The Short Case For GoPro

| About: GoPro (GPRO)


GPRO reported an amateur quarter.

Full distribution limits Hero Growth.

Precarious financial position of retail customers presents risks.

Cash flow boosted by factored receivables.

EU sales mask higher DSOs.

GoPro (NASDAQ:GPRO) investors might get queasy watching the replay of the company's first quarter report on July 31st. The company went public on June 25th at $24. The stock traded as high as $49.90 before falling roughly 10 points to its current level after a messy quarter last week.

Although revenue of $245M officially beat estimates of $238M by 3%, newly public companies tend to blow out their first public quarter by a much greater magnitude. This is a combination of the cozy relationship that underwriters have with management from traveling together on the recent road show and the desire of underwriters to publish conservative numbers, which should easily be beat. GoPro's Q2 14 had all but ended when the company went public on June 25th, giving underwriters a fair assessment of body language and unspoken confidence in estimates that would soon be published.

GoPro has had the unfortunate experience of going public one quarter too late. The company enjoyed quarterly YoY revenue growth rates between 45% and 191% for all of 2013. However, the first quarter of 2014 showed an ominous 7.6% YoY decline in revenue. The company explains in its prospectus that the problem lay not in Q1 14's revenue being too low, but in Q1 13's revenue being TOO HIGH, the result of a delayed product launch of the Hero3 camera, which launched in Q1 13 instead of Q4 12. By shifting all the launch revenue into Q1 13, the comparison made revenue growth difficult in Q1 14. However looking at revenue for the 6 months ended March 2014 versus the same period in 2013, an exercise which should smooth out any issues from the delay, shows a tepid 22% YoY growth rate, a significant slowdown from previous quarters. Although revenue rebounded to 38% in Q2 14, guidance implies another slowdown ahead.

The lumpiness in GoPro's revenue growth indicates that the company has reached close to full distribution. Triple digit growth from 2011-2012 was likely due to filling the shelves of Target, Wal-Mart, RadioShack and its largest customer, Best Buy. Revenue growth enjoyed due to the initial inventory fill at a store is difficult to repeat as subsequent orders simply restock merchandise that has been sold.

GoPro must weather the additional problem of the deteriorating financial health of its largest customers. Best Buy, GoPro's largest customer, has kept its store base stable over the last 2 years but is down to 1057 stores from a high of 1105 in Q2 12. The company has been suffering negative comp sales for years and is currently undergoing a flailing restructuring. The woes of Radio Shack are well documented. The company plans to close 200 stores this year, a number that would likely be higher if not for the covenants of its lenders. While Target and Wal-Mart's store bases are more stable, both retailers have shown subdued comp growth.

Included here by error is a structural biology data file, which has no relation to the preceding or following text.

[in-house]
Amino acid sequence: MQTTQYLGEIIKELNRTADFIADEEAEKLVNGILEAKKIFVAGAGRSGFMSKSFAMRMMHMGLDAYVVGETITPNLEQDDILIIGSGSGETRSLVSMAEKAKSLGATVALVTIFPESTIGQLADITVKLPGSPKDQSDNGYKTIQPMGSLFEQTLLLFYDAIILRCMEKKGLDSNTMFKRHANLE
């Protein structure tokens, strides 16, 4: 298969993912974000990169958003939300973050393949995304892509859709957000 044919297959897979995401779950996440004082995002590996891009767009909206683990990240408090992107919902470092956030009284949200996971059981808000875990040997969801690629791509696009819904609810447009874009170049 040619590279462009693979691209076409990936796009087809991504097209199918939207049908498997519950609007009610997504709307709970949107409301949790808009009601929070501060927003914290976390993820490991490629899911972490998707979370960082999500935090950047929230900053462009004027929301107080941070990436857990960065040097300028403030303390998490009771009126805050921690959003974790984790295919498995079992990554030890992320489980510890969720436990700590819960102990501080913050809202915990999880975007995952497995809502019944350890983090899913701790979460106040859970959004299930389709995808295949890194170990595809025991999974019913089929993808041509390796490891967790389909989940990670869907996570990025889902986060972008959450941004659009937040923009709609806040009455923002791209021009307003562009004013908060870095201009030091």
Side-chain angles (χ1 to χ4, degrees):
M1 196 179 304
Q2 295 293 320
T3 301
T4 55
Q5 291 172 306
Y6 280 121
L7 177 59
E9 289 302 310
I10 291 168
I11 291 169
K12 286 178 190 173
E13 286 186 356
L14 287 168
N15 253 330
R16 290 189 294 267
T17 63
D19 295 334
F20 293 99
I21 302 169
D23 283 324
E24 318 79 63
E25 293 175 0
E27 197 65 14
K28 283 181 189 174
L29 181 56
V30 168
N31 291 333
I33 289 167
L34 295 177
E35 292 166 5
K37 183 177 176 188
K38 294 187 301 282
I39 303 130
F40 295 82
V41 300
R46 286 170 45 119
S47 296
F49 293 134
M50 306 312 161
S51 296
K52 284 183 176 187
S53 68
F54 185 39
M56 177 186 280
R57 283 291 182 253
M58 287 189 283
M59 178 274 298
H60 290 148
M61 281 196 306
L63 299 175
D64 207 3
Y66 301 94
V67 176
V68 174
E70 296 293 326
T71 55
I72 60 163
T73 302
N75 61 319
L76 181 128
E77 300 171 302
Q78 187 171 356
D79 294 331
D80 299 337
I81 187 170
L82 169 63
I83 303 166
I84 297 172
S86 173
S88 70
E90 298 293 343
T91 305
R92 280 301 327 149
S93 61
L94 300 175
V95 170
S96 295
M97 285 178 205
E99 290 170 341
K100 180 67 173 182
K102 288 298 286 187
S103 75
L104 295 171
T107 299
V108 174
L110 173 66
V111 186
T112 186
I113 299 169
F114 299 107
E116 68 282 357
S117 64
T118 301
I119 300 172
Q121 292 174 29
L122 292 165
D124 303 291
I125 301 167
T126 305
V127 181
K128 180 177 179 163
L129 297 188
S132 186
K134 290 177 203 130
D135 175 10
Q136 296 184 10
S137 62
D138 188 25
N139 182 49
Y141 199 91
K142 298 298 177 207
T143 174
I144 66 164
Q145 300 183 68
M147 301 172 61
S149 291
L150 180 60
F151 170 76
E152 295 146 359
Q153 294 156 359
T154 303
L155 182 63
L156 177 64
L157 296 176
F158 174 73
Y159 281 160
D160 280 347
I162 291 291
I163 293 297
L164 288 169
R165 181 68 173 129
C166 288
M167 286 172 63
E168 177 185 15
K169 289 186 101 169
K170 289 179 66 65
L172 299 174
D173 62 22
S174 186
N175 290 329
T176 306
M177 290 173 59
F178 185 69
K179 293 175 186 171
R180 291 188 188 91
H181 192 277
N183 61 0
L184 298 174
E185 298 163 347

This leaves GoPro to increase revenue via new model introductions, something it's been quite successful at doing in the past. However, new introductions are delivering less bang on the top line. Despite the introduction of the Hero3+ Black in October 2013, which retails for roughly $400 or 33% higher than the price of the Hero3 Silver, GoPro showed only a 3.5% increase YoY in average sales per unit in Q2 14. Instead of delivering news of the next generation Hero on its conference call, management expounded on new accessories for hunters and musicians as a way to expand its user base. This will not be enough to reinvigorate GoPro's revenue growth. In fact, revenue growth estimated for Q3 and Q4 14 is 35%, a small deceleration from the 38% just reported. Investors should be aware that Q4 13 enjoyed a revenue boost from the aforementioned Hero3+ Black launch and may hinder GoPro's ability to meet that hurdle in Q4 of this year.

Investors should also be aware that the low receivable days that GoPro management brags about are partly due to the sale of receivables. While selling receivables is somewhat common, particularly if the chance of collecting the funds is impaired, the company selling the receivables receives a discounted amount versus the amount it would have received otherwise. GoPro factored $71M of receivables in 2013, $17M in Q1 14 and undisclosed amount in Q2 14. When GoPro files its Q2 10Q it will hopefully quantify the amount factored so that investors can calculate an adjusted DSO. Selling receivables also results in a lump sum that boosts cash flow. GoPro has chosen to disclose more details regarding its adjusted EBITDA than cash flow. Hopefully future filings will allow investors to adjust cash flow for these factorings.

On its Q2 conference call management also disclosed that EU customers pay for their product "up front" generating no receivable at all! Obviously the DSO associated with customers generating a receivable would be much higher. GoPro does not break out EU revenue, which would allow investors to calculate a true DSO.

With a stock trading at 49x 2014 estimates and 40x 2015 estimates, investors might choose to spend their time watching GoPro's video of orphaned pelicans learning to fly than to spend their money buying this stock.

Disclosure: The author has no positions in any stocks mentioned, but may initiate a long position in GPRO over the next 72 hours. The author wrote this article themselves, and it expresses their own opinions. The author is not receiving compensation for it (other than from Seeking Alpha). The author has no business relationship with any company whose stock is mentioned in this article.